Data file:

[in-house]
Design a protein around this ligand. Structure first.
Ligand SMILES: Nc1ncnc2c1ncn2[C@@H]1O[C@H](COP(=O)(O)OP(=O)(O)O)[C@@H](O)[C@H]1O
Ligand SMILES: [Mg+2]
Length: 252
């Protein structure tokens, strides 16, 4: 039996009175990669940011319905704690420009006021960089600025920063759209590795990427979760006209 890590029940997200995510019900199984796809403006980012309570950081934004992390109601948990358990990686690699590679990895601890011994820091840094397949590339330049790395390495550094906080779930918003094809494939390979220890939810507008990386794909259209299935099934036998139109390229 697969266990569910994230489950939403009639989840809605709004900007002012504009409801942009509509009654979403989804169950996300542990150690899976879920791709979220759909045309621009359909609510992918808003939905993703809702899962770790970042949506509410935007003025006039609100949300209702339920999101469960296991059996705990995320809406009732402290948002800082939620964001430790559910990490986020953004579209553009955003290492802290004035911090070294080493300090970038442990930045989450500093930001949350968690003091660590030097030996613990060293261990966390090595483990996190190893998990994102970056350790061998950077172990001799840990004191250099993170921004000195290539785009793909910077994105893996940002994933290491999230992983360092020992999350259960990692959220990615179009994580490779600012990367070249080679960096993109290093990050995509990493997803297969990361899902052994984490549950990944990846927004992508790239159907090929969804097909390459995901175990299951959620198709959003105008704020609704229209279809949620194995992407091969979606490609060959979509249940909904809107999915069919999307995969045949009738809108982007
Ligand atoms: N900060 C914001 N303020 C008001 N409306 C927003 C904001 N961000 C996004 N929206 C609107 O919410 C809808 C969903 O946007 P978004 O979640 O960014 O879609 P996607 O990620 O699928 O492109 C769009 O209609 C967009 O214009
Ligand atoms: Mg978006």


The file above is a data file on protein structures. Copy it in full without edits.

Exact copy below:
[in-house]
Design a protein around this ligand. Structure first.
Ligand SMILES: Nc1ncnc2c1ncn2[C@@H]1O[C@H](COP(=O)(O)OP(=O)(O)O)[C@@H](O)[C@H]1O
Ligand SMILES: [Mg+2]
Length: 252
């Protein structure tokens, strides 16, 4: 039996009175990669940011319905704690420009006021960089600025920063759209590795990427979760006209 890590029940997200995510019900199984796809403006980012309570950081934004992390109601948990358990990686690699590679990895601890011994820091840094397949590339330049790395390495550094906080779930918003094809494939390979220890939810507008990386794909259209299935099934036998139109390229 697969266990569910994230489950939403009639989840809605709004900007002012504009409801942009509509009654979403989804169950996300542990150690899976879920791709979220759909045309621009359909609510992918808003939905993703809702899962770790970042949506509410935007003025006039609100949300209702339920999101469960296991059996705990995320809406009732402290948002800082939620964001430790559910990490986020953004579209553009955003290492802290004035911090070294080493300090970038442990930045989450500093930001949350968690003091660590030097030996613990060293261990966390090595483990996190190893998990994102970056350790061998950077172990001799840990004191250099993170921004000195290539785009793909910077994105893996940002994933290491999230992983360092020992999350259960990692959220990615179009994580490779600012990367070249080679960096993109290093990050995509990493997803297969990361899902052994984490549950990944990846927004992508790239159907090929969804097909390459995901175990299951959620198709959003105008704020609704229209279809949620194995992407091969979606490609060959979509249940909904809107999915069919999307995969045949009738809108982007
Ligand atoms: N900060 C914001 N303020 C008001 N409306 C927003 C904001 N961000 C996004 N929206 C609107 O919410 C809808 C969903 O946007 P978004 O979640 O960014 O879609 P996607 O990620 O699928 O492109 C769009 O209609 C967009 O214009
Ligand atoms: Mg978006």